Dreams of Love and Hate (And all the spaces in between) Twelve Dreams in Twelve-tone (After Boulez) Ian Percy (2016)

Percy, Ian (2016) Dreams of Love and Hate (And all the spaces in between) Twelve Dreams in Twelve-tone (After Boulez) Ian Percy (2016). [Composition]

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Dreams of Love & Hate [Block] Live 241116 Sableviciute DrIPercy.mp3

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Abstract

This version of Dreams of Love and Hate is a multiple movement work for solo piano. It takes its name in part from Liebesträume (Dreams of Love), a work composed by Franz Liszt (1811-1886) in 1850 that is also quoted (from a distance) within this composition. In memory of Pierre Boulez (1925-2016), who passed away in January 2016, it was decided that this piece would be composed using the twelve-tone row from Boulez’s Douze Notations pour Piano (1945-1946) (published 1985) as the primary source material. Although written when Boulez was twenty years old, Douze Notations (Twelve Notations) became a mainstay of the composer’s repertoire. The piece consists of twelve, twelve-bar movements, each composed with the same twelve-tone row in its many variable guises, transpositions, retrogrades and inversions. As Liszt’s Liebesträume inspired the title for this piece, it was decided that a quotation from No.3 would be used. In a rather serendipitous coincidence, the three pitches of the chosen quote (C – Db – F) are present within the span of a trichord subset in the Boulez row. This allowed the quote to be sewn subtly within the natural fabric of the emerging movements. Three versions of Dreams of Love and Hate exist; the first is a study score containing twelve movements (studies) juxtaposed in chronological order. The second is a reduced block-form performance score, where some of the more abstract studies have been omitted and the work is presented as (eight) individual ‘dreams’. The third (and longest) score includes an Introduction and Coda and sets the movements as ‘dream sequences’ within a more continual form, via links, chains and transitions. Each of the movements is either 12, 24 or 36 bars long and all are composed from the Boulez 12-tone row in varying combinations of strict-order 12-tone, strict-order subset (PC set), unordered subsets juxtaposed in strict-order and unordered subsets. Through exploring the internal subsets harmonically with predetermined decisions on interval-types, this work takes a less dissonant approach to the pitch organisation of the row than Boulez. The resultant primary chords provided internal pitch-schemes for the movements in microform and for the piece as a whole in macro form. Recent works by this composer (Self-Perpetuum for chamber ensemble and Mystics for piano duo) have explored pitch-schemes modulating by a semi-tone. With the Boulez row starting in Ab Lydian (Ab – Bb – Eb – D) and ending in G Lydian (C# – G – F# – B), working with this row naturally continues this connection.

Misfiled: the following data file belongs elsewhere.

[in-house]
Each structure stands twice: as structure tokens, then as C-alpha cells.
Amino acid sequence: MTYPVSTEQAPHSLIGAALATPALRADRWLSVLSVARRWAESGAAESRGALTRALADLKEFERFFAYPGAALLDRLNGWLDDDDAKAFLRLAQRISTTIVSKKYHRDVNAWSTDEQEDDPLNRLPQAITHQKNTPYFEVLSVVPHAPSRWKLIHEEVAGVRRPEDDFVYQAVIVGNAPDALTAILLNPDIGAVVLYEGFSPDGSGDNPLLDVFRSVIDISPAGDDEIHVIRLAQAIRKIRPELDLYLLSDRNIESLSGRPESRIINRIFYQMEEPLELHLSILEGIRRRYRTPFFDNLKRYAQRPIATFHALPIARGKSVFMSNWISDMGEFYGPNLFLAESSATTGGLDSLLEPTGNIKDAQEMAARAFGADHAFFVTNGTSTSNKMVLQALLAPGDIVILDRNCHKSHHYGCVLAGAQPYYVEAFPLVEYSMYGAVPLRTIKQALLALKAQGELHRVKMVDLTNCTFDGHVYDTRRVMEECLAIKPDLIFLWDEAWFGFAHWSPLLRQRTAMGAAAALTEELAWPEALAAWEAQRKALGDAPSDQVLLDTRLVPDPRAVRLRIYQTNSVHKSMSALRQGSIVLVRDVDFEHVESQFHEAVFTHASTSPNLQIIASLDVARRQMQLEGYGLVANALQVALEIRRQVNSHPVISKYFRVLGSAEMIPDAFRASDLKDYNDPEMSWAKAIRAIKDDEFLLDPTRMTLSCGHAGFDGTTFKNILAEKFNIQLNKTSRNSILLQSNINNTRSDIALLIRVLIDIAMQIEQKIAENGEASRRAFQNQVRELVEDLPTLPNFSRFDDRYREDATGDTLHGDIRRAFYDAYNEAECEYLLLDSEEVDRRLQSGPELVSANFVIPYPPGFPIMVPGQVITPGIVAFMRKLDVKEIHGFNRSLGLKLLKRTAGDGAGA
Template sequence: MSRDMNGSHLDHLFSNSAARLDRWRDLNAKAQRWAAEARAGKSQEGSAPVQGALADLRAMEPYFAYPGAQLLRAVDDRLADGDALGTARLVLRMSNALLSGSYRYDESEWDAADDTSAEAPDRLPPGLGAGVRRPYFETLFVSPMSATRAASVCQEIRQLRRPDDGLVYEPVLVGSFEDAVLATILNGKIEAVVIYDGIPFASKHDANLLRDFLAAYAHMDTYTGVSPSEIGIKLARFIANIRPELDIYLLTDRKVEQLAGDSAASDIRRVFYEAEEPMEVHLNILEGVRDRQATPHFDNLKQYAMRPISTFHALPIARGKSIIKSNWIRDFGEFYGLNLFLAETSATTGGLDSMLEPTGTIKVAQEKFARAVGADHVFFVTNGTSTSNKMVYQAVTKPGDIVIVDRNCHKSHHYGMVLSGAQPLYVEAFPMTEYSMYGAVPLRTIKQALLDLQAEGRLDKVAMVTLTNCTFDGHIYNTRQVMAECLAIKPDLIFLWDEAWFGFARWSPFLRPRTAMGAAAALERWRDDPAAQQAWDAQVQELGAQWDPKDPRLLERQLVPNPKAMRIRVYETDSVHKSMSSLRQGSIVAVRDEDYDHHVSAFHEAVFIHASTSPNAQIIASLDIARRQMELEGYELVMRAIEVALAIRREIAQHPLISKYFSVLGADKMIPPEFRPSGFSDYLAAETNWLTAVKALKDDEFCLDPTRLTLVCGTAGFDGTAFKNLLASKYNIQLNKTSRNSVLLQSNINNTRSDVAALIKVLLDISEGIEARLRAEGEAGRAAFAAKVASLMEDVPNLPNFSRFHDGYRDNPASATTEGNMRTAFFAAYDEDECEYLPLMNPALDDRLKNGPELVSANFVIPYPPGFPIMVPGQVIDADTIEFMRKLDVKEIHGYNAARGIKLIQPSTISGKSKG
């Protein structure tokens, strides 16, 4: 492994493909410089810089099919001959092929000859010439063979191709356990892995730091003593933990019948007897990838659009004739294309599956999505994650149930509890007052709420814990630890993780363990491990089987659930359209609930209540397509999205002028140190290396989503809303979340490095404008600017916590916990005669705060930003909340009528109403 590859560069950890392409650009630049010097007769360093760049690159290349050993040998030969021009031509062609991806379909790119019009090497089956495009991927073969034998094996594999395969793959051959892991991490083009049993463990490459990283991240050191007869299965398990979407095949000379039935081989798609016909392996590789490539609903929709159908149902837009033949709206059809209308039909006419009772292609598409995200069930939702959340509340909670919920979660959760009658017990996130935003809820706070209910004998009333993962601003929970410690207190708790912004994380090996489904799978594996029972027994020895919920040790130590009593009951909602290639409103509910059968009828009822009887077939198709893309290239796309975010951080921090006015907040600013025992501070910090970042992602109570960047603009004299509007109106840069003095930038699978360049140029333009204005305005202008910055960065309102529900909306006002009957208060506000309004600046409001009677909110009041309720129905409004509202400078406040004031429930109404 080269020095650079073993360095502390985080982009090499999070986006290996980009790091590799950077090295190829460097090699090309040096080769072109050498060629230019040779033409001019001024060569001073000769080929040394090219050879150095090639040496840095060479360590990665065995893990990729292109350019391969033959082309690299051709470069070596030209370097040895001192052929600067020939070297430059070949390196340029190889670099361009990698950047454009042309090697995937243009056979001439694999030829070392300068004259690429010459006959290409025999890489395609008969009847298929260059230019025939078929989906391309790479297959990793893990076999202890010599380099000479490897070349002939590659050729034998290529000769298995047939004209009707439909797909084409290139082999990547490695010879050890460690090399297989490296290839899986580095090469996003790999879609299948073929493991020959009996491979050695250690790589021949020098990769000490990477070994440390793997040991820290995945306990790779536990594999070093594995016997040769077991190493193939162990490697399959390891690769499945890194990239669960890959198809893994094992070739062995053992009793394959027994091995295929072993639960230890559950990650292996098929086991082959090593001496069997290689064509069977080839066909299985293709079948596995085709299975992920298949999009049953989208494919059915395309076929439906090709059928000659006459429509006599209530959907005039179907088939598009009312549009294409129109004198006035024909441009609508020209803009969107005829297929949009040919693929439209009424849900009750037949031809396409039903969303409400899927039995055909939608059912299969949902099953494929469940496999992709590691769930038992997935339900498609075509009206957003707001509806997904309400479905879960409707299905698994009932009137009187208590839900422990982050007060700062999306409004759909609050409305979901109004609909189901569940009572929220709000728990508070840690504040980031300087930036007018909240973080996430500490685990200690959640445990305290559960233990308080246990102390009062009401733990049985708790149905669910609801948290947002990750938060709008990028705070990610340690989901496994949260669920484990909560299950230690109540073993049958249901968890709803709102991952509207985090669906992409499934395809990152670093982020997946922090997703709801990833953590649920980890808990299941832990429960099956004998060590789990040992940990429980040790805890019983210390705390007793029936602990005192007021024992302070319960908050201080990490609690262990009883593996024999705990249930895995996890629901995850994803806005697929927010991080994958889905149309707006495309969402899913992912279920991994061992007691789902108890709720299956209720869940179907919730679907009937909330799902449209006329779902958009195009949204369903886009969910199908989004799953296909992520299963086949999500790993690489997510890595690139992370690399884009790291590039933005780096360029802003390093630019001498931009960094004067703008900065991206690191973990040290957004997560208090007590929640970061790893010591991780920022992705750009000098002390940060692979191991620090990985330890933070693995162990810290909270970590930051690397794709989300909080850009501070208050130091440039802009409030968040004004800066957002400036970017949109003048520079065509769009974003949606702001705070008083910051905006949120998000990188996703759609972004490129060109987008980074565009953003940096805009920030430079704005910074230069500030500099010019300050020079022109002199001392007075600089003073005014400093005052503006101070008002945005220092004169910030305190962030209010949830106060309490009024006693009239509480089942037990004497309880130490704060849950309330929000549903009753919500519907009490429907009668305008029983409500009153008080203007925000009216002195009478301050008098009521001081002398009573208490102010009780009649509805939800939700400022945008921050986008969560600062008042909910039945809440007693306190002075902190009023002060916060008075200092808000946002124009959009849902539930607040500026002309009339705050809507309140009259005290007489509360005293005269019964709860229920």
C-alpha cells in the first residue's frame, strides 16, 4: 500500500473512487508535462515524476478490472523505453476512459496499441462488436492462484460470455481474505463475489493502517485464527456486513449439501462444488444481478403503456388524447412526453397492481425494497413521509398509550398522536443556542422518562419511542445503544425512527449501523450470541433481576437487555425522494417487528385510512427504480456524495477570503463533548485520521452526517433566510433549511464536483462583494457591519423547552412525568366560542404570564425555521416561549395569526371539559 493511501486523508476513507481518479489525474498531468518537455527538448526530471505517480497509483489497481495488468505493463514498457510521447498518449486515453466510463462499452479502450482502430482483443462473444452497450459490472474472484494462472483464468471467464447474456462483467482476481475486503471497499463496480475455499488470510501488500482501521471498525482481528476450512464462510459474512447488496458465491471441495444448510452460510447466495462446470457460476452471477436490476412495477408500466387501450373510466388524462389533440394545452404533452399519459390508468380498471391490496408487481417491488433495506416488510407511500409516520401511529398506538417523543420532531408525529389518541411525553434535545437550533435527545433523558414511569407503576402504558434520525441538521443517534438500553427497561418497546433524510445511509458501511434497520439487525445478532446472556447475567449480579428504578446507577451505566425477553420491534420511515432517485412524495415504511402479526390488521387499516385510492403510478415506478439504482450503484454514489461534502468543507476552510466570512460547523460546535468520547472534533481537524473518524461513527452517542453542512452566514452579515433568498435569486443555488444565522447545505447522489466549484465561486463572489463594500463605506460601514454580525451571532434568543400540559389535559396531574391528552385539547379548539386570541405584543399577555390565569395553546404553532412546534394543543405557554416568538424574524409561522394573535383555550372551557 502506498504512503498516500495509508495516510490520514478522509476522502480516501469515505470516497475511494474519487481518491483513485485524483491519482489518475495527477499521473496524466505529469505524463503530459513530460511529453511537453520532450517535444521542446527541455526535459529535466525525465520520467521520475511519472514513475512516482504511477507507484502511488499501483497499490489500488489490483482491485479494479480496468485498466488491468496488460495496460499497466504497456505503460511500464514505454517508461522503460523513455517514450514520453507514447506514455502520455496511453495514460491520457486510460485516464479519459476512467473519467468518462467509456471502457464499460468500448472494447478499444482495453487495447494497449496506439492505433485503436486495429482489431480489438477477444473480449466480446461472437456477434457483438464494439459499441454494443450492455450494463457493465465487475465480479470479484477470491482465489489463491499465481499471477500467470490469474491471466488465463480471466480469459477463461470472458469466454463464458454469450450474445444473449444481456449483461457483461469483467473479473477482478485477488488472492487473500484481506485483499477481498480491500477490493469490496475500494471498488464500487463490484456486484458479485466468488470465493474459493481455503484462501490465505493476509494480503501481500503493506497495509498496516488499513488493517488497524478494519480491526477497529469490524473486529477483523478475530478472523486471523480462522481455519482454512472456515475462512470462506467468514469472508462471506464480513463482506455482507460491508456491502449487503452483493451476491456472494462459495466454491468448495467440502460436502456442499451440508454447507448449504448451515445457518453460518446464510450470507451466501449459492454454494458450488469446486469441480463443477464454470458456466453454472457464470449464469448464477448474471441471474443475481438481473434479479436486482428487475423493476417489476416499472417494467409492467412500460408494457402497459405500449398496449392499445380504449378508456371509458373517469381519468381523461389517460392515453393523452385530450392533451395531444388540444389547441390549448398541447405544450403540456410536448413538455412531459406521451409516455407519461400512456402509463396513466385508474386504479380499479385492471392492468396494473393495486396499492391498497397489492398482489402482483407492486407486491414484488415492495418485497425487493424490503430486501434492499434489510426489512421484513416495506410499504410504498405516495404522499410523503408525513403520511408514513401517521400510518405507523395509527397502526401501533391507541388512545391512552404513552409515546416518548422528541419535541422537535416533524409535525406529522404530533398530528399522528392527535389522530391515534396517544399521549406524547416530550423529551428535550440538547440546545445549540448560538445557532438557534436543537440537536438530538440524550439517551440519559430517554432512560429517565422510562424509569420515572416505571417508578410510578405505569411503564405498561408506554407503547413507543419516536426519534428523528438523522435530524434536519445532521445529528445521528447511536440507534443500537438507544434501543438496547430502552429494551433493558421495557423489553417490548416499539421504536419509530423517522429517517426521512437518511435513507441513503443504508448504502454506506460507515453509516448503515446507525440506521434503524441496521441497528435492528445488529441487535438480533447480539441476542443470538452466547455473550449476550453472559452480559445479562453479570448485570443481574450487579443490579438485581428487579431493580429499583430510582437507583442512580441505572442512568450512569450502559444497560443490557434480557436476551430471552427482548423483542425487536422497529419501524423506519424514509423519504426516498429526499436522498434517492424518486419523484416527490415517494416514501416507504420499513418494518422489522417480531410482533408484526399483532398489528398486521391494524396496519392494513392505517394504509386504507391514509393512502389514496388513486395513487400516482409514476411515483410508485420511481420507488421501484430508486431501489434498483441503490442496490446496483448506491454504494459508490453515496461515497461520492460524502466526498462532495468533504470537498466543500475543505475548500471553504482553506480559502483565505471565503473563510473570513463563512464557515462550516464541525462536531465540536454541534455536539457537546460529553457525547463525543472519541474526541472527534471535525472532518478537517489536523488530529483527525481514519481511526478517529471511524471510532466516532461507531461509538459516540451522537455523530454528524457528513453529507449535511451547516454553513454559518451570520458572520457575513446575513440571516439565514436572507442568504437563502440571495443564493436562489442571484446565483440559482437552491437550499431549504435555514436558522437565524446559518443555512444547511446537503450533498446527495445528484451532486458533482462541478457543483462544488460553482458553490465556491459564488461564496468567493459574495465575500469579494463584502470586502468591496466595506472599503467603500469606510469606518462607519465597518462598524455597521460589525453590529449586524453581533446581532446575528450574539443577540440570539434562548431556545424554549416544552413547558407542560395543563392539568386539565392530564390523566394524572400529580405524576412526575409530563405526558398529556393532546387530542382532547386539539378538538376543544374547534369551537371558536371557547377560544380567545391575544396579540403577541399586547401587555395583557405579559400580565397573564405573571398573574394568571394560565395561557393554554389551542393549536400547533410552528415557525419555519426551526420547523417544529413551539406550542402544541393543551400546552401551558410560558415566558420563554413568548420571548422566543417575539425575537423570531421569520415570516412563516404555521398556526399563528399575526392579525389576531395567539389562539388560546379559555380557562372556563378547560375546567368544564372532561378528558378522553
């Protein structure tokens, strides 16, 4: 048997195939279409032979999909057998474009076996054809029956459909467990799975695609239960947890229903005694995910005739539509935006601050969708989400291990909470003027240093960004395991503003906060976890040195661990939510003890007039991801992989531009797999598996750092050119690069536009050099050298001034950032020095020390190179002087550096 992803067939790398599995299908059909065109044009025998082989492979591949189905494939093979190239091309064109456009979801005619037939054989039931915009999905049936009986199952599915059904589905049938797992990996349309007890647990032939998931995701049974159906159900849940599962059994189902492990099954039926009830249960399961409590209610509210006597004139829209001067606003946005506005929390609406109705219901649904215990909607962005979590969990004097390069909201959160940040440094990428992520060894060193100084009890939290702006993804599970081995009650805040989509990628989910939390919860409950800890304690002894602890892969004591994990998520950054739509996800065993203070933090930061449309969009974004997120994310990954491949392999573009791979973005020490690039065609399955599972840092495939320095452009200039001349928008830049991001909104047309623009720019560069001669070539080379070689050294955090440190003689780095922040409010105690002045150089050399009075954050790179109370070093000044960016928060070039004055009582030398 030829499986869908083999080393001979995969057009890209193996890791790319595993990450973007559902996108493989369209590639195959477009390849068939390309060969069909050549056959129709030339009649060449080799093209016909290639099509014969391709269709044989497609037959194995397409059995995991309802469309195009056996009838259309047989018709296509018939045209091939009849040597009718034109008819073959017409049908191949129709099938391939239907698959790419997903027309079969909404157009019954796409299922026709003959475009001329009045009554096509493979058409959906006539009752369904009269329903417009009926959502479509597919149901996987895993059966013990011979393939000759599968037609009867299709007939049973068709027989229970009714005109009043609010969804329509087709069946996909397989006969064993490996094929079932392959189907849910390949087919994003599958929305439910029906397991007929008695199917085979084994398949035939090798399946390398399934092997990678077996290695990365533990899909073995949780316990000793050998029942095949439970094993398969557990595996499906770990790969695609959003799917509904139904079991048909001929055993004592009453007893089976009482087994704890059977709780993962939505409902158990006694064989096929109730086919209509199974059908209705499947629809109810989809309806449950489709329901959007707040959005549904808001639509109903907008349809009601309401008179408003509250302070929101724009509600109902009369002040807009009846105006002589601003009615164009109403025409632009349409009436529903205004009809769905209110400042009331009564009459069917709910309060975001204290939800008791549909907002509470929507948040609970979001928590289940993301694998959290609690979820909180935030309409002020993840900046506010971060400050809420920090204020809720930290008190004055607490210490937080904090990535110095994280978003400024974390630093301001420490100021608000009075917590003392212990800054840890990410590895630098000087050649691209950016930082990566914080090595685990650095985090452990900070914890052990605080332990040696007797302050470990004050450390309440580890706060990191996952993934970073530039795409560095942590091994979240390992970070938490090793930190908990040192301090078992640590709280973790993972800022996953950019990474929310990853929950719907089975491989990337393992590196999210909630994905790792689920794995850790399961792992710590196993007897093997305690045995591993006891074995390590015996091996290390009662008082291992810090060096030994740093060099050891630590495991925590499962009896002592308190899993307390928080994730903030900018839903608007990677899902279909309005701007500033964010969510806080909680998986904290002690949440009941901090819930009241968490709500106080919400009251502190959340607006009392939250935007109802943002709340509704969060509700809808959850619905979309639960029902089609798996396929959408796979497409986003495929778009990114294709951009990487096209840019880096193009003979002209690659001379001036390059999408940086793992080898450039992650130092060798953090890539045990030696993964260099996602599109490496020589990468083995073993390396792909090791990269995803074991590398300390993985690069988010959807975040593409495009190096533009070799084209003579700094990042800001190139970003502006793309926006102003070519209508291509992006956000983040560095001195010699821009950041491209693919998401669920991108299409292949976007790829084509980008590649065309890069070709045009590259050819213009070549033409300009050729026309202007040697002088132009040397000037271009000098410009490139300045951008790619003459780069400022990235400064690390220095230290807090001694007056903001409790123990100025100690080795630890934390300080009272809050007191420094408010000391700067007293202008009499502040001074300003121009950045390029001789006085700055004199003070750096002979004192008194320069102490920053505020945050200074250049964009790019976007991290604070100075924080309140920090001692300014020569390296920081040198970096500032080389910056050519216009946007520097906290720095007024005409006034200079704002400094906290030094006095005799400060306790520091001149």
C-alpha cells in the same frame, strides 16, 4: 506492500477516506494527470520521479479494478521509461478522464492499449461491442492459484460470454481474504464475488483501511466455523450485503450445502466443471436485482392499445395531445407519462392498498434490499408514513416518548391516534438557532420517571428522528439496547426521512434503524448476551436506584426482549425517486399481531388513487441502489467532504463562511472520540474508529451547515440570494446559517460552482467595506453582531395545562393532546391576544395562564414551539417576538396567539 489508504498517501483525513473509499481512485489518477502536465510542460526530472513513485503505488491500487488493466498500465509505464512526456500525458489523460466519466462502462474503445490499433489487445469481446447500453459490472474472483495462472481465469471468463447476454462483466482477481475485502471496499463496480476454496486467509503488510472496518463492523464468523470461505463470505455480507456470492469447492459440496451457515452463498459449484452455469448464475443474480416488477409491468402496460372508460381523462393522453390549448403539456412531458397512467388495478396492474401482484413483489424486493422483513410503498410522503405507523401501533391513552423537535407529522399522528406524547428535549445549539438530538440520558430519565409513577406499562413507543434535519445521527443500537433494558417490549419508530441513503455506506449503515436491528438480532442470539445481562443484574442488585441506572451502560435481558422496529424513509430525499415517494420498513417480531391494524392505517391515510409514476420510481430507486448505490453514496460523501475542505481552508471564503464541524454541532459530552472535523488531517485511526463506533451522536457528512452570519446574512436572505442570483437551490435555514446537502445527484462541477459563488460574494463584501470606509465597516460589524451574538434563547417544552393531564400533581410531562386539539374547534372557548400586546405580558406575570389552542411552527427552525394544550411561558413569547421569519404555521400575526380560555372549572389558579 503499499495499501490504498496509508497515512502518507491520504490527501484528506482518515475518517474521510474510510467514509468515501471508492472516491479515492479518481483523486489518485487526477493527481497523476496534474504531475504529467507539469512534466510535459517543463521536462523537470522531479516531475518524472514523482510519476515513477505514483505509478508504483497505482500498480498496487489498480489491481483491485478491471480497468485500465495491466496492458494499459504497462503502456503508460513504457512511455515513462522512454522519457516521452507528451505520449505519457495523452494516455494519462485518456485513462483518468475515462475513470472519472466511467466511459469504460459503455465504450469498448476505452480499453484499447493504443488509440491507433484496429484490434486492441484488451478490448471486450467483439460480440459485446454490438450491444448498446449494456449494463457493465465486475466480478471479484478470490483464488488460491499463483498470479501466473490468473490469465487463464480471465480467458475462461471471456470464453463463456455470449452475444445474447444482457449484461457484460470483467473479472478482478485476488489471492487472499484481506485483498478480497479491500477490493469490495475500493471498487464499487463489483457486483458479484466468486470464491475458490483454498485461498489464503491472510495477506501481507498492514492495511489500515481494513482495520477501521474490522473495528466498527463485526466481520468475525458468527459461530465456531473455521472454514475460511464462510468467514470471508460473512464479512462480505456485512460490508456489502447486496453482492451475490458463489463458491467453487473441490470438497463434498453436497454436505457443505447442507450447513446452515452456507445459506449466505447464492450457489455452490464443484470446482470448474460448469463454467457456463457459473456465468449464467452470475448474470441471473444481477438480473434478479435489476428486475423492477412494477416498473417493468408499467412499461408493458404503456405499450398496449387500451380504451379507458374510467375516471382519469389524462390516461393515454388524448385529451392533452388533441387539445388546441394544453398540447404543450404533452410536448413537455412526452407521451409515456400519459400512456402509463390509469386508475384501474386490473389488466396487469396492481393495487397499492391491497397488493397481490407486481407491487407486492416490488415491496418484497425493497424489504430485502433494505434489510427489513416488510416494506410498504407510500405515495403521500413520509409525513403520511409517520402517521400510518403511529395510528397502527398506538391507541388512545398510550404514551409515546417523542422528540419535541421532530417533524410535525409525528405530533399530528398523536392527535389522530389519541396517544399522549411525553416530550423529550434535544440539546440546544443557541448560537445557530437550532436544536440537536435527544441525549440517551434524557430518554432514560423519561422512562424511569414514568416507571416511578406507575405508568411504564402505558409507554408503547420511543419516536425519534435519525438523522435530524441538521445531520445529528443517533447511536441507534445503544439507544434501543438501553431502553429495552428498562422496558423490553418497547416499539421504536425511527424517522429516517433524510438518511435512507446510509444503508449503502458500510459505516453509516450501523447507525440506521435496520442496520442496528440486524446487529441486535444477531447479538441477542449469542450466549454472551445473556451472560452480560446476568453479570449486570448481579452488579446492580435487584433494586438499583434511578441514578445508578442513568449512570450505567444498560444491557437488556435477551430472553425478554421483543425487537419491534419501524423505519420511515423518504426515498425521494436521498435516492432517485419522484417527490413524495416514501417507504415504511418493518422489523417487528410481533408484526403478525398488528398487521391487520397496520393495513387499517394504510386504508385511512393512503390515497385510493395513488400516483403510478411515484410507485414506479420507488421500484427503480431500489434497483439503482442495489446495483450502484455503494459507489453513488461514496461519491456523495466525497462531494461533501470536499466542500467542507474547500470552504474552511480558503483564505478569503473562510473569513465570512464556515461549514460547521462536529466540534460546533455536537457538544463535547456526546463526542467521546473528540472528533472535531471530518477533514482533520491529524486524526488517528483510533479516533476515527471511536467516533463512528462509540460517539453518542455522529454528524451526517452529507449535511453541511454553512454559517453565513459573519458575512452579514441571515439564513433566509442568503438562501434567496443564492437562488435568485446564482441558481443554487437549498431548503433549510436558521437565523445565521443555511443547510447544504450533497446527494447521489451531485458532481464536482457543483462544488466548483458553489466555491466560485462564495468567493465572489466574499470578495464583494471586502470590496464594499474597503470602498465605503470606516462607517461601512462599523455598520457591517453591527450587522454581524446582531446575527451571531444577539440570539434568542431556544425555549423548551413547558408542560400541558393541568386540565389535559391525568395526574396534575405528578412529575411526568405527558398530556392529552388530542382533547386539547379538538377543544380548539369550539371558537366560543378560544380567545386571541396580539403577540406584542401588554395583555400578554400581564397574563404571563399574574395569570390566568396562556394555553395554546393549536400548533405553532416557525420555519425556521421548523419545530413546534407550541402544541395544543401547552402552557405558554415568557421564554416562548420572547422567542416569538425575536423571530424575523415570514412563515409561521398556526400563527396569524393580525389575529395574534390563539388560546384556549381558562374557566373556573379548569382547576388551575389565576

Item Type: Composition
Additional Information and Comments: All performers have agreed recordings can be used for dissemination of research and personal portfolio
Faculty / Department: Faculty of Arts & Humanities > Music (up to 30th April 2018)
Depositing User: Ian Percy
Date Deposited: 12 Dec 2017 10:40
Last Modified: 13 Dec 2017 09:29
URI: http://hira.hope.ac.uk/id/eprint/2293

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